Many Ontario drivers struggle to identify auto insurance fraud
The survey conducted by Ipsos for the Financial Services Commission of Ontario (FSCO) asked a series of questions to gauge drivers’ knowledge and attitudes toward auto insurance fraud. When put to the test, 27 per cent of drivers received a failing grade when confronted with accident scenarios and true or false statements. Baby Boomers, aged 55 and over, were most knowledgeable, while Millennials, aged 18-34, were least likely to identify acts of fraud.
Other findings include:
- Eleven per cent admit they’re aware of a family member who’s made an exaggerated or false claim
- The most popular type of admitted fraud was convincing an auto body repair shop to add in unrelated fixes and put the full cost through insurance (five per cent)
- Only 35 per cent knew how to report auto insurance fraud
- Thirty-five per cent did not know that defrauding an insurance company is an offence under the federal Criminal Code
- Twenty-five per cent did not know that auto insurance fraud affects auto insurance premiums.
While nearly one in ten said they had submitted an exaggerated or false claim, nearly two in ten say they know a friend who has done the same. Men and Millennials were significantly more likely to admit they committed auto insurance fraud than other groups. Five per cent of men admitted to claiming false injury from an auto accident compared to only one per cent of women. Similarly, nine per cent of Millennials admitted to this compared to one per cent of Baby Boomers.
The survey was conducted as part of FSCO’s Fraud Prevention Month campaign, which aims to increase awareness of potential fraudsters and victims regarding how to recognize, reject and report auto insurance fraud.
FSCO recommends that Ontario drivers:
- Read their insurance policy carefully – understand their coverage, rights and responsibilities
- Never sign blank insurance claims forms
- Fill out their auto insurance application or claim forms accurately and make sure they haven’t made any mistakes
- Keep records: get the names, addresses, phone numbers, license plate and driver’s license numbers, and insurance information from all those involved in an accident. If it’s safe, take photos of the accident scene
- Do not sign any documents or agree to any terms at the site of an accident
- Report all accidents and losses to your insurance company
- Call local police if they suspect auto insurance fraud
- Review benefit payment information from their insurance company to confirm that treatments, medical providers and dates are accurately listed
- 83% of auto insurance fraud in Ontario takes place in the Greater Toronto Area (FSCO)
- Estimates of auto insurance fraud range from 9 to 18 per cent of claims costs, which represents between $116 and $236 per average premium paid in Ontario (KPMG, 2010)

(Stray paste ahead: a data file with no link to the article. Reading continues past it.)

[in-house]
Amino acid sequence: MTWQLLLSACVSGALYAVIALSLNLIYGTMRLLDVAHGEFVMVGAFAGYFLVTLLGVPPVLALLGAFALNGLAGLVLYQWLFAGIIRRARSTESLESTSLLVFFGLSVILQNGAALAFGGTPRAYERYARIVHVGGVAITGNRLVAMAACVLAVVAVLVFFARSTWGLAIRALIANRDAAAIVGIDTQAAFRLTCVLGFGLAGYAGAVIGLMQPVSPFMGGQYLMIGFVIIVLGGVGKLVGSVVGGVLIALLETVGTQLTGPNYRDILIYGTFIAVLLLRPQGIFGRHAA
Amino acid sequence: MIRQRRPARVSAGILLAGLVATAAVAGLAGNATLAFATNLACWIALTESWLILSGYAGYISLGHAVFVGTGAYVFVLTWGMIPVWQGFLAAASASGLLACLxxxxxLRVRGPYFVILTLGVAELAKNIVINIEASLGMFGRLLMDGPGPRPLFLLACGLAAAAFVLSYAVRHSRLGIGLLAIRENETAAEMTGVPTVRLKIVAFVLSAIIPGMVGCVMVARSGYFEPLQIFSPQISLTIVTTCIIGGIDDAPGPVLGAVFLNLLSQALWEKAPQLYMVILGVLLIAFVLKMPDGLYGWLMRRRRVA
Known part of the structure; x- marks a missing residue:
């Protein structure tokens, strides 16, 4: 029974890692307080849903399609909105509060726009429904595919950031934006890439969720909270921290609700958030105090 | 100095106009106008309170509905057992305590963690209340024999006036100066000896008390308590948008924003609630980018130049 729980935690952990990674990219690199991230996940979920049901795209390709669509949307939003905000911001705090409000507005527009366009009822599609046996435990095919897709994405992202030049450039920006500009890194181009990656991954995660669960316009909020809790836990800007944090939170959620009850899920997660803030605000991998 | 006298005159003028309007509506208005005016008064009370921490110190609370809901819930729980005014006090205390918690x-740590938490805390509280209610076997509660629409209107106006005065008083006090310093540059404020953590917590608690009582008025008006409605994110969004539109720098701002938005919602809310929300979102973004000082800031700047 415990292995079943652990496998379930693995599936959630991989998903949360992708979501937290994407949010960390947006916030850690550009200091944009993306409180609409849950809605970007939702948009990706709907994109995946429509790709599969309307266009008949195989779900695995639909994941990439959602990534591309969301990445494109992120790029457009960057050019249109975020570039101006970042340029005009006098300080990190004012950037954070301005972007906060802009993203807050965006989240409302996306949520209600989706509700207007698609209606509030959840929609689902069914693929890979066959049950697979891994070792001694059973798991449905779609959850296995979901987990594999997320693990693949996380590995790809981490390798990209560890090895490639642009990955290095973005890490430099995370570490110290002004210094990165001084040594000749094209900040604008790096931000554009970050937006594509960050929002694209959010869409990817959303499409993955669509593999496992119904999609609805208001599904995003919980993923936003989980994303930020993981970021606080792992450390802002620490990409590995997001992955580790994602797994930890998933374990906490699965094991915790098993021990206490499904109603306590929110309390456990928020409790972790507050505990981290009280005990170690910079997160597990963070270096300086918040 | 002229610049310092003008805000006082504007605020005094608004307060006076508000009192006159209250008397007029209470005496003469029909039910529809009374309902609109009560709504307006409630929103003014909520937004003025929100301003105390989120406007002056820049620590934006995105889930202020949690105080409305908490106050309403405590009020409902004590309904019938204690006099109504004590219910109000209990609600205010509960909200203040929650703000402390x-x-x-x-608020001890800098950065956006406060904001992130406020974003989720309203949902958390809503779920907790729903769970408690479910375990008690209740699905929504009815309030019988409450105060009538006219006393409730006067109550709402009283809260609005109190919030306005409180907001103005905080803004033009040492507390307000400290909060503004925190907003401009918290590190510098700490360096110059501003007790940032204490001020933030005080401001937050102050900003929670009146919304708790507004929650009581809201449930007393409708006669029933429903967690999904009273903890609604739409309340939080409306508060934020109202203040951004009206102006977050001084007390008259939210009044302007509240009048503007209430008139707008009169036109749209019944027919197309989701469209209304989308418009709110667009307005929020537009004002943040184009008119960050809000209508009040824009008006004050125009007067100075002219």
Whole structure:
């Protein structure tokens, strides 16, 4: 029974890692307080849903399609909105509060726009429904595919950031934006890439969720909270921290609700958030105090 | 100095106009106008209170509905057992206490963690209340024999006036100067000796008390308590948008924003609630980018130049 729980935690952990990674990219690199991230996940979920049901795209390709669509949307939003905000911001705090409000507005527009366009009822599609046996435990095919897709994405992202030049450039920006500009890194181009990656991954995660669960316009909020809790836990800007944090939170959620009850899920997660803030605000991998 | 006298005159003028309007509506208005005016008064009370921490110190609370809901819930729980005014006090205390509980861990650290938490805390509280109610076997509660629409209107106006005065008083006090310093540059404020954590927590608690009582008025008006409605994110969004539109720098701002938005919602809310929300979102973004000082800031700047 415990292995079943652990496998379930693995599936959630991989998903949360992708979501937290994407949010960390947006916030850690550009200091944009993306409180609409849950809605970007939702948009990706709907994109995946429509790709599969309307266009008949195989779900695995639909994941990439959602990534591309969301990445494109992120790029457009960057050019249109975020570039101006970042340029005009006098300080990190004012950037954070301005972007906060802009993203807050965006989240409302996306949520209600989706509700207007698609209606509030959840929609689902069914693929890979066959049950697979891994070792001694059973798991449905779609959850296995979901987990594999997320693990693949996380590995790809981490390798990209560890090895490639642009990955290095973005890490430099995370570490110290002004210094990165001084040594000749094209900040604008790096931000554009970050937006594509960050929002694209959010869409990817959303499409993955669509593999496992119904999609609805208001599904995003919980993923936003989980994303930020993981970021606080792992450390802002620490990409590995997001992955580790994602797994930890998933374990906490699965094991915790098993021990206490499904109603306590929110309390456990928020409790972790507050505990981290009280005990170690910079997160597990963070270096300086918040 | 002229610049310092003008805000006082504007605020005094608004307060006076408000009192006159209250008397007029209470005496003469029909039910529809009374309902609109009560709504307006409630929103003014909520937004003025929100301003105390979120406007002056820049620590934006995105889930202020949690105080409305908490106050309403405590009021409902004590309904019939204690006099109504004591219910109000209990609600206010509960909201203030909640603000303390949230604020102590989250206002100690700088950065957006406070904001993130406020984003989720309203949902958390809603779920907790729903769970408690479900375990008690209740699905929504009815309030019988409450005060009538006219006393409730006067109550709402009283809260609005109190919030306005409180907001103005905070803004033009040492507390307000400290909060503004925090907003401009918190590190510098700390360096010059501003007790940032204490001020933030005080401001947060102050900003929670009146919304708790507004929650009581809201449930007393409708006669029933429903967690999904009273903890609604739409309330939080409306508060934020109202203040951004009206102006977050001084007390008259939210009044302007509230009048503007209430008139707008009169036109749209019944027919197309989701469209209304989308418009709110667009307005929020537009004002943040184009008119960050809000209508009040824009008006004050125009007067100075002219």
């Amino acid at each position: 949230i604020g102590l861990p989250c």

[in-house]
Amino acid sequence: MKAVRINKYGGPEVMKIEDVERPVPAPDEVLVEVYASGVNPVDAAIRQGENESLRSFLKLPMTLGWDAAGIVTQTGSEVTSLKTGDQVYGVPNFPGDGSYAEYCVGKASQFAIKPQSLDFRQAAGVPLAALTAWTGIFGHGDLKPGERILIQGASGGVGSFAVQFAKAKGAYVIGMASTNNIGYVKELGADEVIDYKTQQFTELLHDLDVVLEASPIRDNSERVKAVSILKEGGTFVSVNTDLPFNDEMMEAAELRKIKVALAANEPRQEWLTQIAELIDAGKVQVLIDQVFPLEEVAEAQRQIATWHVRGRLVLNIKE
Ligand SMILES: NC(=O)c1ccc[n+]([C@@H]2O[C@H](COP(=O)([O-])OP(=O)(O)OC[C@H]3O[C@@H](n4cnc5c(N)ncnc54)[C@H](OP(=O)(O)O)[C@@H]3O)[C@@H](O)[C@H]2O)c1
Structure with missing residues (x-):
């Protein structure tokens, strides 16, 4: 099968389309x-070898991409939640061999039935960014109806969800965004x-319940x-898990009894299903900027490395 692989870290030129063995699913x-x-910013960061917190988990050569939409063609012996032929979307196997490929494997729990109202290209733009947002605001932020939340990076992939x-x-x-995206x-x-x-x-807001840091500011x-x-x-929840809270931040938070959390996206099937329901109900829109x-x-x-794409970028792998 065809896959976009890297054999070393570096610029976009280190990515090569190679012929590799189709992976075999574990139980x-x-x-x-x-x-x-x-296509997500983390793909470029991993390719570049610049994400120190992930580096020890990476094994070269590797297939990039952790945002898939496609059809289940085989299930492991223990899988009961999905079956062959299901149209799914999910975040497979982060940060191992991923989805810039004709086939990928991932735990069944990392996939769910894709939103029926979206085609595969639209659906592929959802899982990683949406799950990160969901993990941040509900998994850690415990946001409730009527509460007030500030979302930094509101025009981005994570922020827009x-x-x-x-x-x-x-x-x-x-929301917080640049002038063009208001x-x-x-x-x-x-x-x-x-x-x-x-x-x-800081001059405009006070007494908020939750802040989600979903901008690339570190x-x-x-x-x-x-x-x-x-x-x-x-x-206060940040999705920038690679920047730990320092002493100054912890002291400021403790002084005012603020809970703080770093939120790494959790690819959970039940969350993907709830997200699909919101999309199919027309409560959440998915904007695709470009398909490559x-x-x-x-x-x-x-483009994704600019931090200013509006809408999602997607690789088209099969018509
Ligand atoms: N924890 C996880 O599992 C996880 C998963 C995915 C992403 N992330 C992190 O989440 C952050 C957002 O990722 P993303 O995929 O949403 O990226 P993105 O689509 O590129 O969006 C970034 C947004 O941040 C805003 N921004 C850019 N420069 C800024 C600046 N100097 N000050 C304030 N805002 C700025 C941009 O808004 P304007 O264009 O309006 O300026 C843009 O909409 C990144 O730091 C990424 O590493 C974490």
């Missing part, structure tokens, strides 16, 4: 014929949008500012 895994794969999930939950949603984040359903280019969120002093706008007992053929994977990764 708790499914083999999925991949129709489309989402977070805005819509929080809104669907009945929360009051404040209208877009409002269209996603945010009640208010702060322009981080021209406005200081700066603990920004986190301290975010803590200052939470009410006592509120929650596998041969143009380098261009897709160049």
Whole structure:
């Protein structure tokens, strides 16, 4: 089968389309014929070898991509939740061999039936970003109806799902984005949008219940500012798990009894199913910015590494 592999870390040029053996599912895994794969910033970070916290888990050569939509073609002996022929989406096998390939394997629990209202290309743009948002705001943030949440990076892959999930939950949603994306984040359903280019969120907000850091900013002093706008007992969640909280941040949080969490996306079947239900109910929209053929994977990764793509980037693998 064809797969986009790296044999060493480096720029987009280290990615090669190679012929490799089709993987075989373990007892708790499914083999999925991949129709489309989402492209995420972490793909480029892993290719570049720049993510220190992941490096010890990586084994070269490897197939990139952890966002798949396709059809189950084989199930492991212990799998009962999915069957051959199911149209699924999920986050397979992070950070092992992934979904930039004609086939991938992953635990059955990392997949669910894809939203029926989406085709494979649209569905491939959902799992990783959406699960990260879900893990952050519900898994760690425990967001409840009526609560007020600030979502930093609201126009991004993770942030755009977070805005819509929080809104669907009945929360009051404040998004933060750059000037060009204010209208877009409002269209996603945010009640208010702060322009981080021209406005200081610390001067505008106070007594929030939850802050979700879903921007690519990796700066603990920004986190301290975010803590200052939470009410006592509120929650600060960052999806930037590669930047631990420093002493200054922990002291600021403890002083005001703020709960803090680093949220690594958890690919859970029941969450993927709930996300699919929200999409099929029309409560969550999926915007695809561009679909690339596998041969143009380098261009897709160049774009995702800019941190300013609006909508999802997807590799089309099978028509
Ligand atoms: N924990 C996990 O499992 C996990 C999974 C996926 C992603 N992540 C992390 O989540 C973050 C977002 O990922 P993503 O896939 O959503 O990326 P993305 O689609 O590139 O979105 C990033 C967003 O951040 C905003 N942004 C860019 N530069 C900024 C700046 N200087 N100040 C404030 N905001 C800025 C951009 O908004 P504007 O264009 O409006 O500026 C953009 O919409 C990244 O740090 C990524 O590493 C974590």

- Fighting Auto Insurance Fraud: What You Can Do
- Take the FSCO Fraudster Quiz to see how you rate when it comes to auto insurance fraud. Given the chance to do something right or something wrong, what would you do?
“Auto insurance fraud is illegal and factors into the cost of premiums. We encourage Ontarians to reject the many types of auto insurance fraud and know how to report suspicious behaviour to their local police and their insurance company.”
– Tom Golfetto, Executive Director, Auto Insurance Division, FSCO
This online survey was conducted by Ipsos between February 13 and February 17, 2017. A sample of 1,052 Ontarians who are licensed to drive and are aged 18+ from Ipsos’ online panel was interviewed online. Weighting was then employed to balance demographics to ensure that the sample’s composition reflects that of the adult population according to Census data and to provide results intended to approximate the sample universe. The precision of Ipsos online polls is measured using a credibility interval. In this case, the poll is accurate to within +/ – 3.4 percentage points, 19 times out of 20, had all Ontario drivers been polled. All sample surveys and polls may be subject to other sources of error, including, but not limited to coverage error, and measurement error.
FSCO’s legislative mandate is to provide regulatory services that protect the public interest and enhance public confidence in the sectors it regulates. FSCO regulates the insurance sector; pension plans; loan and trust companies; credit unions and caisses populaires; the mortgage brokering sector; co-operative corporations in Ontario; and service providers who invoice auto insurers for statutory accident benefits claims. FSCO is accountable to the Minister of Finance.
Ipsos is Canada’s market intelligence leader and the country’s leading provider of public opinion research. With operations in eight cities, Ipsos employs more than 600 research professionals and support staff in Canada. The company has the biggest network of telephone call centres in Canada, as well as the largest pre-recruited household and on-line panels. Ipsos’ Canadian marketing research and public affairs practices are staffed with seasoned research consultants with extensive industry-specific backgrounds, offering the premier suite of research vehicles in Canada—all of which provide clients with actionable and relevant information
SOURCE Financial Services Commission of Ontario